Scrambled-egg lichen (Fulgensia fulgens)

KingdomFungi
PhylumAscomycota
ClassLecanoromycetes
OrderTeloschistales
FamilyTeloschistaceae
GenusFulgensia (1)
SizeFruiting body diameter: 0.5 - 1.5 mm (7)
Thallus diameter: up to 3 cm (7)

Classified as Near Threatened in Great Britain (3).

As the common name suggests, scrambled-egg lichen has a thin, crust-like egg-yellow thallus (body), which consists of smaller rosettes and paler blotches (2). The generic part of the scientific name 'Fulgensia' is derived from the Latin word for shining, and refers to the bright yellow colour of the thallus (2).

Occurs in the south and east of England, in Breckland (East Anglia), Somerset, the Channel Islands and the Isle of Wight, but it is rare (4). It also occurs in southwest Wales (5), but has been lost from Sussex (4). It is widespread in warm parts of the Northern Hemisphere especially the Mediterranean, as well as Australia and New Zealand (4).

Occurs on the ground on moss and soil on well-lit free-draining (4)calcareous soils or dunes (2), in warm, open and often south-facing sites near sea level (4).

Lichens are remarkable organisms; they are stable combinations of an alga and/ or a cyanobacteria with a fungus, living together in a symbiotic association (2). The fungus causes the alga to release sugars, which allow the fungus to grow, reproduce and generally survive. The fungus provides protection for the alga, and enables it to live in environments in which it could not survive without the fungal partner (2). A general rule is that the fungal component of a lichen is unable to live independently, but the alga may live without the fungus as a distinct species (6). Many lichens are known to be very sensitive to environmental pollution, and they have been used as 'indicators' of pollution (5).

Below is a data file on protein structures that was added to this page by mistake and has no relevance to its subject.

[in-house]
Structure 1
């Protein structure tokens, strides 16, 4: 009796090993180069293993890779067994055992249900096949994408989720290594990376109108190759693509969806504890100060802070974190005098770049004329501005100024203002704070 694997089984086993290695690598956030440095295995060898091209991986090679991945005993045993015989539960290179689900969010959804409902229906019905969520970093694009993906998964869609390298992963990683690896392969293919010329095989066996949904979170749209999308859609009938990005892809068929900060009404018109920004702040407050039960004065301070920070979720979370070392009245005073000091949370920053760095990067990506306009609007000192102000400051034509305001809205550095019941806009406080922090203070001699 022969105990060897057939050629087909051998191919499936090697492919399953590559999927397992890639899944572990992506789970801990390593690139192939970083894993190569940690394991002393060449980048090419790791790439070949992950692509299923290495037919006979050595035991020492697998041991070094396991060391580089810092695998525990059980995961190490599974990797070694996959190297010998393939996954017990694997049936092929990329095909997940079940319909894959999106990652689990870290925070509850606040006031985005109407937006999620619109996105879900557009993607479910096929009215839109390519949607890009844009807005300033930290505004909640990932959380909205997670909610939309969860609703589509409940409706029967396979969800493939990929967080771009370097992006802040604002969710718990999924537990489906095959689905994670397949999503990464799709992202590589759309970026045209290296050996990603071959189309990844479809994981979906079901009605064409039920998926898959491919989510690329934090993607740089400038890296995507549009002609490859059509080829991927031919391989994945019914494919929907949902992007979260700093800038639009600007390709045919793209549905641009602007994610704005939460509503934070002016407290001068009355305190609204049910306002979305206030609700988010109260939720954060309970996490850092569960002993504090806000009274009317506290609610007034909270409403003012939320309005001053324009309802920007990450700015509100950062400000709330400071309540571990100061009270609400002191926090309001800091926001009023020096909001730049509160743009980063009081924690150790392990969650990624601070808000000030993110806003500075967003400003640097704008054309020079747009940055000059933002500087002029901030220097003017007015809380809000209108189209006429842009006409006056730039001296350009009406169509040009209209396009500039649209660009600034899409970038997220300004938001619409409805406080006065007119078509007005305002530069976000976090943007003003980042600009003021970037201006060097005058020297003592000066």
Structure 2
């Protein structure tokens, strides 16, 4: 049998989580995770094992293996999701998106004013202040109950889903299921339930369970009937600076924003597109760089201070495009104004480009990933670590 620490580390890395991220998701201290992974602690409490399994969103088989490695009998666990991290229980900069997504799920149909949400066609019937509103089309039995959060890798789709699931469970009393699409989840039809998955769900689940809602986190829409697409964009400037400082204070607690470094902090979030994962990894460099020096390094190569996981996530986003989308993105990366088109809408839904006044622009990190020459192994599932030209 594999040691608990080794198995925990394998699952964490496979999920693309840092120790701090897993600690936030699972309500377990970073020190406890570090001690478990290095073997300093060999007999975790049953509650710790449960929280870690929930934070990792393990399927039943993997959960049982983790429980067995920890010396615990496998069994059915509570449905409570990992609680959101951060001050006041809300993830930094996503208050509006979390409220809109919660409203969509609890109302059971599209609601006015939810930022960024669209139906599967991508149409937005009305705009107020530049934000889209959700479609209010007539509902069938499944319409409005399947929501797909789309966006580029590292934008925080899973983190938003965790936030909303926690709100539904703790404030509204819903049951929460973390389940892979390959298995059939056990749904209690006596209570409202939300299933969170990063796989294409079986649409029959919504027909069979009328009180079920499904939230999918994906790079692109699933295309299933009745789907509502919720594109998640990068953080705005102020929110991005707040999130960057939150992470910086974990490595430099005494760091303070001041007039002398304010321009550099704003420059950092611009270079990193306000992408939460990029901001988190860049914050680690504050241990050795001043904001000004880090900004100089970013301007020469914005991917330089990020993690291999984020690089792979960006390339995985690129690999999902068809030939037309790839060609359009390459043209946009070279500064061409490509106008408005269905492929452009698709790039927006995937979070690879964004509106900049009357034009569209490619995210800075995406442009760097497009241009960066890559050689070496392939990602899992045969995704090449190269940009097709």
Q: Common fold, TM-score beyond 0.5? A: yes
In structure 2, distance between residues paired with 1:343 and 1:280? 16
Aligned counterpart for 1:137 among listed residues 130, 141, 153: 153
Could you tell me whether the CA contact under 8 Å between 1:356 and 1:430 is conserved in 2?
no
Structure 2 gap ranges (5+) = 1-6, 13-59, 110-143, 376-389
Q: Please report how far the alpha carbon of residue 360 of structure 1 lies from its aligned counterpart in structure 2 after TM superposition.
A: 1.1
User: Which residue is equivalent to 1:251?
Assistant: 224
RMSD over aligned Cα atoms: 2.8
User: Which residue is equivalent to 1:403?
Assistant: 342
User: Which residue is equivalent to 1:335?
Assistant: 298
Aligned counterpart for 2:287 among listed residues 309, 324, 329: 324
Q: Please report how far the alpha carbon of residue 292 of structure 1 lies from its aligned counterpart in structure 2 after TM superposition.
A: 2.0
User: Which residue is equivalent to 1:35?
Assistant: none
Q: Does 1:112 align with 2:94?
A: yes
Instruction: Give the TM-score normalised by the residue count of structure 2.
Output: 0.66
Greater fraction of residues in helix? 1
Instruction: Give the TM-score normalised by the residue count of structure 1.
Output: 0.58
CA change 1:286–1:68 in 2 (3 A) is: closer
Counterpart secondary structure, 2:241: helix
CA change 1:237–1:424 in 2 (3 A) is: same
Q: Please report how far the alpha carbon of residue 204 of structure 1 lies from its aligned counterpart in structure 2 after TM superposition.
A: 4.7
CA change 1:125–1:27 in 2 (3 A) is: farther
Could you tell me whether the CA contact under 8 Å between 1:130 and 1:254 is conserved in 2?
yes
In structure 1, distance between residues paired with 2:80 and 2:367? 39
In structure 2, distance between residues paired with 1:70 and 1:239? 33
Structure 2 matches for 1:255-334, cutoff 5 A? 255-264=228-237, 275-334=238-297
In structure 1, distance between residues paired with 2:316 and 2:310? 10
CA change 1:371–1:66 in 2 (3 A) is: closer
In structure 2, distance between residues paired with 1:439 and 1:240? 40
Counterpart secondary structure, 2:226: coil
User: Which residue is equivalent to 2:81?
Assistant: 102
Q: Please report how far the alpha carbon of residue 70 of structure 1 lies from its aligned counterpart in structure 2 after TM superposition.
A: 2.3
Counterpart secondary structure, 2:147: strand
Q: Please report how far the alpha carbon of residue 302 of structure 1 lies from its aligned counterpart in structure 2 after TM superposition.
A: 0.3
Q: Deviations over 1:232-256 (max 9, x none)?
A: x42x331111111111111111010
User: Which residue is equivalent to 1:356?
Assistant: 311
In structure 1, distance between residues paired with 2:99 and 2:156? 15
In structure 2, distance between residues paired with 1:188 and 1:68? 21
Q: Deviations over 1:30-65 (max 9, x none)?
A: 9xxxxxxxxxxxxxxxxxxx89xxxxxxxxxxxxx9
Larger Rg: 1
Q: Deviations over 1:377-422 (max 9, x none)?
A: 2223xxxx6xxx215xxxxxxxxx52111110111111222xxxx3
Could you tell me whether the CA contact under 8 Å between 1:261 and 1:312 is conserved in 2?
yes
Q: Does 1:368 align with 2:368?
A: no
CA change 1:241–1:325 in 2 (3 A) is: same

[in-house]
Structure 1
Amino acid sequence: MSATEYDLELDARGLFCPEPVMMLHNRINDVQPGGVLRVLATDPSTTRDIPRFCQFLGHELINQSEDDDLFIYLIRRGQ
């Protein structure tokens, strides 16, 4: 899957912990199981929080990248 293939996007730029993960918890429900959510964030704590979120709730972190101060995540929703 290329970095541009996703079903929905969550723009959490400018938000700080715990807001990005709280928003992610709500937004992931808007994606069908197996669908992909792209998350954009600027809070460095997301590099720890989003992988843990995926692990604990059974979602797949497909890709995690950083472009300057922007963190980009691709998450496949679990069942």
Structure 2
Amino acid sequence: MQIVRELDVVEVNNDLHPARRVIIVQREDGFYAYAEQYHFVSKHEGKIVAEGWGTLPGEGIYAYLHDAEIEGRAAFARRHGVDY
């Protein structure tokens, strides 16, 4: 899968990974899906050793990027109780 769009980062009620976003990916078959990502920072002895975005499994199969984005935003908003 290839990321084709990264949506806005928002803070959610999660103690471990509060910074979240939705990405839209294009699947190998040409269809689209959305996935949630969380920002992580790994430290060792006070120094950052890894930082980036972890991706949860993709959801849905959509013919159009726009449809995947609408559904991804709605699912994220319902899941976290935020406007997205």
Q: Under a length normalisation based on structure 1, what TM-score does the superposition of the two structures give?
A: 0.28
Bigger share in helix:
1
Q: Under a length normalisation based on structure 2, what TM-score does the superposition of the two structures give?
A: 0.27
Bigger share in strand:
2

Eutrophication caused by the run-off of fertilisers from fields is thought to have caused the dramatic decline of scrambled-egg lichen at Stackpole National Nature Reserve in southwest Wales. A decline in rabbit grazing and the resultant growth of rank vegetation is also thought to have caused some losses (5). Furthermore, excessive trampling by animals and humans or other soil disturbance will destroy thalli and prevent this slow-growing species from re-establishing and developing again (8).

This species has been monitored at Stackpole National Nature Reserve, where it also receives a level of protection as a result of the site designation (5).

For more on British lichens see: Dobson, F. (2000) Lichens. An illustrated guide to the British species. The Richmond Publishing Co. Ltd., Slough.

For more on threatened lichens see: Church, J.M., Coppins, B.J., Gilbert, O.L., James, P.W. & Stewart, N.F. (1996) Red Data Book of Britain and Ireland: lichens. Volume 1: Britain. The Joint Nature Conservation Committee, Peterborough.

Information authenticated by Dr D. J. Hill of the University of Bristol.
http://www.bio.bris.ac.uk/

  1. National Biodiversity Network Species Dictionary (September 2002)
    http://www.nhm.ac.uk/nbn/
  2. Gilbert, OL (2000) Lichens. HarperCollins, London (No 86 New Naturalist Series).
  3. JNCC Plant Status Information (September 2002):
    http://www.jncc.gov.uk/species/pstatus/p4_1_3.htm
  4. Dobson, F. (2000) Lichens. An illustrated guide to the British species. The Richmond Publishing Co. Ltd., Slough.
  5. Purvis, O. W., Coppins, B. J., James, P. W. & Moore, D. M. (1992) The lichen flora of Great Britain and Ireland. Natural History Museum Publications. The British Lichen society, London.
  6. Duckworth, J. & James, P. W. Lichens as indicators of terrestrial eutrophication in the UK (September 2002):
    http://www.plantaeuropa.org/html/conference_2001/docs/Duckworth%20-%20LICHENS%20AS.doc
  7. Church, J.M., Coppins, B.J., Gilbert, O.L., James, P.W. & Stewart, N.F. (1996) Red Data Book of Britain and Ireland: lichens. Volume 1: Britain. The Joint Nature Conservation Committee, Peterborough.
  8. Hill, D. J. (2002) Pers. comm.